There are no rules when it comes to competition. Rumours, spying, sabotage, all are useful tools for the Eastern European businessman. Fair play and amicable competition, an agreement to differ, all are alien concepts to many of the new businessmen of Eastern Europe. In Britain, amicable, respectful disagreement is part of life and business. Even when emotions run high in the House of Commons, it’s entirely imaginable that ideological adversaries (take Tony Benn and Enoch Powell, for example) can find common, human, ground. In the Parliaments of Eastern Europe, as between businessmen, fights are not uncommon. Competitors are enemies, and there are no conventions and rules to limit the damage they might attempt to do to each other. And then, of course, in extremis, you can kill them.
But if you can’t beat them or kill them, then join them. Collusion is the next best ruse. That way, everyone might get his piece of the pie. Public tenders are often approached in this way with prices engineered in advance so that each company wins the right component of the deal.
If you still can’t neutralise the competition, you must bribe those who might decide in your favour. Public tenders are the most amenable. In the early years, you simply bribed the decision-making body, but tender methods soon became more sophisticated. Sometimes a random element was introduced to reduce the field from, say, twenty, to five. But there’s a famous YouTube video that does the rounds in the Czech Republic that shows someone quite obviously ‘feeling’ for the right slips of paper in a bucketful of applicants (https://www.youtube.com/watch?v=f0-SY70ZR08).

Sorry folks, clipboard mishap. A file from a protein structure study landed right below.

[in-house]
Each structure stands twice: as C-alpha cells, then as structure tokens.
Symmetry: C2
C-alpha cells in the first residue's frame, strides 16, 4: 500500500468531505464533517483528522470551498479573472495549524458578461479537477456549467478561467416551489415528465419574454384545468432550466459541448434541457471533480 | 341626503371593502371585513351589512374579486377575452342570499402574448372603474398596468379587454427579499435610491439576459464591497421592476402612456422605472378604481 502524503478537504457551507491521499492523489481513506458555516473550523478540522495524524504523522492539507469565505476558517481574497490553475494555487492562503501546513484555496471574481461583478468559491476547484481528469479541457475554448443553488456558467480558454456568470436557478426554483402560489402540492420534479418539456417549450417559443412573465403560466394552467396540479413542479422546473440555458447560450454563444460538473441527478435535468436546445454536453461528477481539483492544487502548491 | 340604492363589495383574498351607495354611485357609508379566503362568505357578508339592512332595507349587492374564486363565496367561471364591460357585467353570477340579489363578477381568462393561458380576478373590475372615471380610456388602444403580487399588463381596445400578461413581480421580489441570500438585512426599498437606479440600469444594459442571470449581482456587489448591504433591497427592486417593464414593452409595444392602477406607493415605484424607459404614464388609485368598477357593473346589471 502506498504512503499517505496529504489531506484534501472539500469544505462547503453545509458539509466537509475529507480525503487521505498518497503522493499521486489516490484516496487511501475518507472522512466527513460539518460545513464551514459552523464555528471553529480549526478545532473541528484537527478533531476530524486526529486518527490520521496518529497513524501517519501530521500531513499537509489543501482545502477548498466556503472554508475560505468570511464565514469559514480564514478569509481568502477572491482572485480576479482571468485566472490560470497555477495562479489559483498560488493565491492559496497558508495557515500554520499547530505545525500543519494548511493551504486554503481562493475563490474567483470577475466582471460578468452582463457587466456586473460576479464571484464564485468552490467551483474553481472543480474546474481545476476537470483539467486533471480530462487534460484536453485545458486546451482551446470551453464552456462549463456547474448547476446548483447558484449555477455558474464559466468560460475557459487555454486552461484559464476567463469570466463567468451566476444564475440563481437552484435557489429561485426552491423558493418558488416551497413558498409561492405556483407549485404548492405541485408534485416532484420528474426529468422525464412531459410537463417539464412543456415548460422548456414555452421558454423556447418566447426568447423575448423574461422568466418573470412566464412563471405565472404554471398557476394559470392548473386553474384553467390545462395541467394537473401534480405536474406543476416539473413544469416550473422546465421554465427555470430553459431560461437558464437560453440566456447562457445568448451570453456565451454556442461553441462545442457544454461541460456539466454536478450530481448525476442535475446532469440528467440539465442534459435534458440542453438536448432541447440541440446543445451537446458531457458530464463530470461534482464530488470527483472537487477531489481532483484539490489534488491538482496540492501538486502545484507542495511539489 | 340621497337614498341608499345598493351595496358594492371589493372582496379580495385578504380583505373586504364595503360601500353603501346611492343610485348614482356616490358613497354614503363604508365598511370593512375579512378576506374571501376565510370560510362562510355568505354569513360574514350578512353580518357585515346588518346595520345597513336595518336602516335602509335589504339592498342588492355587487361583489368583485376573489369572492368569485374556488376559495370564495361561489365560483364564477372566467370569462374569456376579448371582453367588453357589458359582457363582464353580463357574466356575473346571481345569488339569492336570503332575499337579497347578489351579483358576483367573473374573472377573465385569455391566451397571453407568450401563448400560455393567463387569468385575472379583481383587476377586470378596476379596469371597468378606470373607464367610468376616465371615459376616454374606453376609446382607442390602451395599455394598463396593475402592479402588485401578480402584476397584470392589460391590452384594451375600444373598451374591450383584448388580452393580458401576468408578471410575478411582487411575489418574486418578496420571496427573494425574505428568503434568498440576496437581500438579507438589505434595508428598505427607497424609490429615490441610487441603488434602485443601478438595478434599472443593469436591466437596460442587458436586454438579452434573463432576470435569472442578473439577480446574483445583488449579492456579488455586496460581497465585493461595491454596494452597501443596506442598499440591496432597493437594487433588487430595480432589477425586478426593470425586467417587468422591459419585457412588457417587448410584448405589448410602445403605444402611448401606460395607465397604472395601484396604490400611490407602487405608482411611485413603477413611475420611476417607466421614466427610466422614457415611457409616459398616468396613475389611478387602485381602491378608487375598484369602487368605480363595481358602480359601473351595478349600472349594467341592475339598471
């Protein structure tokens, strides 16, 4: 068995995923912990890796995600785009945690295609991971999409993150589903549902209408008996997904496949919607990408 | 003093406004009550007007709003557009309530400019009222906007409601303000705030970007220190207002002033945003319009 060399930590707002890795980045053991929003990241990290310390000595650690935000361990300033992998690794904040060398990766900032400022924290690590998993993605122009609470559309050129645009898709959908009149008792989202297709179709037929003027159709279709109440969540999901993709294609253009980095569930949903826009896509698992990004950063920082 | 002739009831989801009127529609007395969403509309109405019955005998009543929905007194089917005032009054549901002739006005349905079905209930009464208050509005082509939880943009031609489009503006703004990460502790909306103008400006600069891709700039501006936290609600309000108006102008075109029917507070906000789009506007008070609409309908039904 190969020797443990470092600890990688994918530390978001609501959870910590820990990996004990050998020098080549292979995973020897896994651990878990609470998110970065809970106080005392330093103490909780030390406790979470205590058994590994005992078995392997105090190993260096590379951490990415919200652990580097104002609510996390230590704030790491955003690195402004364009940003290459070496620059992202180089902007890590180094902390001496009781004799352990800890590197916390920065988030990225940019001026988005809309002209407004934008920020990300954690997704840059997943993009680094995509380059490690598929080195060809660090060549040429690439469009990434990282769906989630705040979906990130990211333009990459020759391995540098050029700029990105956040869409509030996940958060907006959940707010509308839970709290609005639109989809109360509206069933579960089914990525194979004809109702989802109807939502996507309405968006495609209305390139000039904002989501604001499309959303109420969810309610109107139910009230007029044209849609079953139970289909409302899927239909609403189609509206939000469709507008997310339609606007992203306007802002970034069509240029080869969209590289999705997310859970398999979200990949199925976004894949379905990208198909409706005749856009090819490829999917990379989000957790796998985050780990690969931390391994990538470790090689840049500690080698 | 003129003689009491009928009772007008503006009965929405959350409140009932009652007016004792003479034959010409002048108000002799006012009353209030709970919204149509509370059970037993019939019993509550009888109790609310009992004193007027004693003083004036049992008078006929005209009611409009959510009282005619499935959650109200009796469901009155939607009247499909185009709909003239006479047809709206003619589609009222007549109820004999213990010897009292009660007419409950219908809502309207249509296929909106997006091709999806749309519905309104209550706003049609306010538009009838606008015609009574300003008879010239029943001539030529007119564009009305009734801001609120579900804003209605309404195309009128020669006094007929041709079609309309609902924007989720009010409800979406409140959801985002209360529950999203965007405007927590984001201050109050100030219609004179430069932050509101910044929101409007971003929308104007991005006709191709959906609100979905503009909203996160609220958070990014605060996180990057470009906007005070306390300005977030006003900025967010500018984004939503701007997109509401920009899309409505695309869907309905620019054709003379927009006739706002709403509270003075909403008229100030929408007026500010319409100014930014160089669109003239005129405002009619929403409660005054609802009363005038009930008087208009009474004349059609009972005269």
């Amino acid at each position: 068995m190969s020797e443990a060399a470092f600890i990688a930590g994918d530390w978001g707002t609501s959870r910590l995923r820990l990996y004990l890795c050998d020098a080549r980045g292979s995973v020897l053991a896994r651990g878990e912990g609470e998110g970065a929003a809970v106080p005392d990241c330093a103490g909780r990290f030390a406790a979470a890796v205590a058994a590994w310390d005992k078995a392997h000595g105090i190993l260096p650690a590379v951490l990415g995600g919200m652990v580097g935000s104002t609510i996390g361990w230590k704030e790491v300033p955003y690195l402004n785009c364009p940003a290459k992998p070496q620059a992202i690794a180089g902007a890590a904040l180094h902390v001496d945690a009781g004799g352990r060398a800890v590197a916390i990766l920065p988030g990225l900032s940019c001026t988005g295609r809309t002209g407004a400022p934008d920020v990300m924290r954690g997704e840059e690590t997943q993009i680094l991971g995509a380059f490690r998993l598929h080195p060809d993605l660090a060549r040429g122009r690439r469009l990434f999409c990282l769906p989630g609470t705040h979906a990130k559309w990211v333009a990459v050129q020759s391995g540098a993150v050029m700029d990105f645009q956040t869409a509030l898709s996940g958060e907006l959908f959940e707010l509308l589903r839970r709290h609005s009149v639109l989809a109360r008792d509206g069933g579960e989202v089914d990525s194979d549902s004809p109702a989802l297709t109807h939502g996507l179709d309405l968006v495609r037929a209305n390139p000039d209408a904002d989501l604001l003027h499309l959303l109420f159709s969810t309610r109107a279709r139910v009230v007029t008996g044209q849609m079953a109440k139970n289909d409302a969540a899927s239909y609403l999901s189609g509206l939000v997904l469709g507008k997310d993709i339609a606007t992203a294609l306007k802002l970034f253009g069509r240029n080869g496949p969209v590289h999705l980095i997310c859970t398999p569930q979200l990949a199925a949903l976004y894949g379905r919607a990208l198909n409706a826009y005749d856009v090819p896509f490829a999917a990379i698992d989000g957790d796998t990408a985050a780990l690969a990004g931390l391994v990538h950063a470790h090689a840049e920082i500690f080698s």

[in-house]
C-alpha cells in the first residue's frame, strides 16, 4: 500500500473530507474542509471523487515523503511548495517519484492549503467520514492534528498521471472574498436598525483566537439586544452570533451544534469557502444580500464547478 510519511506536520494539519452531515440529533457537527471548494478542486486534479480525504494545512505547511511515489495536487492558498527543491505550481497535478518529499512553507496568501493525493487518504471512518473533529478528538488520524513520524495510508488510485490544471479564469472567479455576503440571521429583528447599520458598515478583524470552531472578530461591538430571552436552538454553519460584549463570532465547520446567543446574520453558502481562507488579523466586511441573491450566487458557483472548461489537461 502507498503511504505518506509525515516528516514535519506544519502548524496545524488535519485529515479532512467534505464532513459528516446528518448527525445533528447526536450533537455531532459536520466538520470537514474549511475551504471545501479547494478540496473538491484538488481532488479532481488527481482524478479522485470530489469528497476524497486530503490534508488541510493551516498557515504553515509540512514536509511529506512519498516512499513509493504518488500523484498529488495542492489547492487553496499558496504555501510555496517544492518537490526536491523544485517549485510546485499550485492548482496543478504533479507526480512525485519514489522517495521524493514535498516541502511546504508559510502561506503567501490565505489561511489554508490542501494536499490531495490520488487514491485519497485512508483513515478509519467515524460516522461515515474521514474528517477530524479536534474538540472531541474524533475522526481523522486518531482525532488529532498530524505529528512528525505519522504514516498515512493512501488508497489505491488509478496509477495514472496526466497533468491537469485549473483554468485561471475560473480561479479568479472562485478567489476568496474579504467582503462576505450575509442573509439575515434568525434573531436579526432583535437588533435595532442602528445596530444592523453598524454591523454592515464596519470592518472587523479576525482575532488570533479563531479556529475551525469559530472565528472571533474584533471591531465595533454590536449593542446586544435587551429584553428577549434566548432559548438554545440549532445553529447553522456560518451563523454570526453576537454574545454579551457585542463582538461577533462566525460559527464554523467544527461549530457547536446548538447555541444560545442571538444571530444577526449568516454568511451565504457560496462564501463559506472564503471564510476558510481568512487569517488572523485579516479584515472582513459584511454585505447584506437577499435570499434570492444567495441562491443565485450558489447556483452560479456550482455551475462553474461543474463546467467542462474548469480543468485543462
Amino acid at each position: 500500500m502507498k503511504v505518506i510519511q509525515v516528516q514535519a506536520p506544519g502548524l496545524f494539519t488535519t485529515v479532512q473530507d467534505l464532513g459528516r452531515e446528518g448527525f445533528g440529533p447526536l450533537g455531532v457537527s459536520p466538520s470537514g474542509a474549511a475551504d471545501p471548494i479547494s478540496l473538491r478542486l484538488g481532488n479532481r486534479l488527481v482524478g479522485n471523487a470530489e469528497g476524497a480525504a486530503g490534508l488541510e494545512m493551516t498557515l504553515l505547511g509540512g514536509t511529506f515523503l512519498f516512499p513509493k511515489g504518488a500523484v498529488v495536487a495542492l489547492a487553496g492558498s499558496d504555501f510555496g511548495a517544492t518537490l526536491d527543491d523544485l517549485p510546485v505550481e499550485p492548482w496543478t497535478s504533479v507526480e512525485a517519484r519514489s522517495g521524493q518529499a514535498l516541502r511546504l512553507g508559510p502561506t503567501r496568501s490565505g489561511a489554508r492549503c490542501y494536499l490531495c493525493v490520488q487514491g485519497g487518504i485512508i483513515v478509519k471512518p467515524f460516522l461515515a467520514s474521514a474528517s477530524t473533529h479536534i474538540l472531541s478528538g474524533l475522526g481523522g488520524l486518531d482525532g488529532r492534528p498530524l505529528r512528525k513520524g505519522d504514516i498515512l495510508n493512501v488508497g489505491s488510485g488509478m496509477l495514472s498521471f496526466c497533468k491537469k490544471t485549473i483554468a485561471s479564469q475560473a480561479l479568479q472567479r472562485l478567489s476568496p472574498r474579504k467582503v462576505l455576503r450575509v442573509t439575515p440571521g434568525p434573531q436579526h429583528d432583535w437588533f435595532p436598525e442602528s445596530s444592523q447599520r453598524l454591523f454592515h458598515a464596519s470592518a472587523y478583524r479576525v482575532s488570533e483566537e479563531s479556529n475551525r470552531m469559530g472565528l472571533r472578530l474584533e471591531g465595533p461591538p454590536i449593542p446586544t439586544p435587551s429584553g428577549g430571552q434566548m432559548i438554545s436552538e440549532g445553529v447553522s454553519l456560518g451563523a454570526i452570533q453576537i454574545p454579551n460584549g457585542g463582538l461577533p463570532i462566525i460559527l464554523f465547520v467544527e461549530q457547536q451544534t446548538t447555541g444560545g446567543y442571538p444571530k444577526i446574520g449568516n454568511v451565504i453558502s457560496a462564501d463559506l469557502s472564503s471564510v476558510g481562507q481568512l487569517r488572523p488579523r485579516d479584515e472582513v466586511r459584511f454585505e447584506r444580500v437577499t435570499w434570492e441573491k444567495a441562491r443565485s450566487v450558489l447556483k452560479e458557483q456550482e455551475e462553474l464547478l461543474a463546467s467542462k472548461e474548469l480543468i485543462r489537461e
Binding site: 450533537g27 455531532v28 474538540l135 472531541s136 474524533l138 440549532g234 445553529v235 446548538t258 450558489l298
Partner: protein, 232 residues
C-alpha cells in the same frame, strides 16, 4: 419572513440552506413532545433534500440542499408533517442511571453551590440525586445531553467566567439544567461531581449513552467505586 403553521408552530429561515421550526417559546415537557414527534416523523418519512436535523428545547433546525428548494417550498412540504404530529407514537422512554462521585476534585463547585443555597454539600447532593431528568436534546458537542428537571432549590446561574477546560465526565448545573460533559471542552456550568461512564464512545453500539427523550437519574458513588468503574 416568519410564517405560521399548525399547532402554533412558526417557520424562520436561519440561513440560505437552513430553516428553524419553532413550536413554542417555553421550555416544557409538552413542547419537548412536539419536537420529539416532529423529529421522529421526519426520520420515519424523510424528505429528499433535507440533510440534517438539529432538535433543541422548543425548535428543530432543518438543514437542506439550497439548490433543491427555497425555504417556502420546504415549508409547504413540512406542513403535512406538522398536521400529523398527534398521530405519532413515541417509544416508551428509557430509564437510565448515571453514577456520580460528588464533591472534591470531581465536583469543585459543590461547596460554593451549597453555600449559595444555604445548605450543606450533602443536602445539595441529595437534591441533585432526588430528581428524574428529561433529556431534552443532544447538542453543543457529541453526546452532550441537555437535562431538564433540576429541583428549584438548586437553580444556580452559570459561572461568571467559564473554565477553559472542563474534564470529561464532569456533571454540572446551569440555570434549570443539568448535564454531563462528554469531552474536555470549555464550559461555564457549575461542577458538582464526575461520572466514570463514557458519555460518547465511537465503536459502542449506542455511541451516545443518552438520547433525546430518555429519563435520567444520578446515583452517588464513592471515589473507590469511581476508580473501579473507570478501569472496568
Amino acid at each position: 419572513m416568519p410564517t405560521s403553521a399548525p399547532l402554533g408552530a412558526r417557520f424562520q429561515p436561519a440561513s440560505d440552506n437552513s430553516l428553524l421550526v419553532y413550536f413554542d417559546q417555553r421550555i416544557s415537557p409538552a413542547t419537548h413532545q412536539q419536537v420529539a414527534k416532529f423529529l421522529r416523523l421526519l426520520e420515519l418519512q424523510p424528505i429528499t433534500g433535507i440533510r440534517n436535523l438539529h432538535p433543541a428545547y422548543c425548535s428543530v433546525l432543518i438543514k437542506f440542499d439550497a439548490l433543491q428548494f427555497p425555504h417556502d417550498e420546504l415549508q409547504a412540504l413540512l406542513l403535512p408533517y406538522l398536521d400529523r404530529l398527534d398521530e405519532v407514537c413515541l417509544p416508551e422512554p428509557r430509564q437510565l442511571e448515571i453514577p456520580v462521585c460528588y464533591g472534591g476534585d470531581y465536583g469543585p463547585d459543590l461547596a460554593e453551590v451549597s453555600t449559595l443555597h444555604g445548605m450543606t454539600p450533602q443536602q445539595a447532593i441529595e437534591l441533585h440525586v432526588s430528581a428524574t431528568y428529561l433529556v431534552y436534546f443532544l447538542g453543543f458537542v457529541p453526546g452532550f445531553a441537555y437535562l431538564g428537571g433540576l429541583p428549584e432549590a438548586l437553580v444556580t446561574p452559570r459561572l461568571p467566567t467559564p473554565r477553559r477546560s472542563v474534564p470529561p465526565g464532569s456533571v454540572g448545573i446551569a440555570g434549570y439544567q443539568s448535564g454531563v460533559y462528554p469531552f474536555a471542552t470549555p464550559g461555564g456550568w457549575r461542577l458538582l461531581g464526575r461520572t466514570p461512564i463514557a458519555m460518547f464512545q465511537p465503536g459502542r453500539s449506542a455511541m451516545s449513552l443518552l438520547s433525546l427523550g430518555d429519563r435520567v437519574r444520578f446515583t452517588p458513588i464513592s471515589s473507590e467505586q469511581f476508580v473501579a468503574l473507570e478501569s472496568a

There’s a lot of fun to be had with balls, too. When numbered billiard balls must be selected manually from a bowl, you simply put the ‘right’ balls in a freezer for a couple of hours so that whoever is making the selection will know which ones to choose. After an hour or two the evidence of malpractice has reached room temperature.
The awful thing about employing people is that you must pay them. But why give them any more than they need? Treat them as inhuman resources if you can. After all, the business is yours, and your employees are merely instruments at your disposal. Take all possible advantage of them if you can. Delegate all the dodgy, semi-legal stuff you do, to them and keep your own hands clean.
You might also pay them in cash, or partially in cash, if you can, to avoid the tax and social insurance payments the state demands. Never mind that this might curtail their pension rights.
The idea that a company is a joint endeavour, even if you’re the owner of its shares, has only very gradually emerged. In the early years of Eastern European capitalism, many businesses felt no great responsibility towards their staff. Promises weren’t honoured, legally binding contracts were ignored. No wonder that employees would also cheat their employers whenever the opportunity arose.
For some of us, these approaches to business were, and are, anathema. They were common in Eastern Europe. But, sadly, there’s much more to come in my next post on the subject. Opportunities for exploitation are almost unlimited.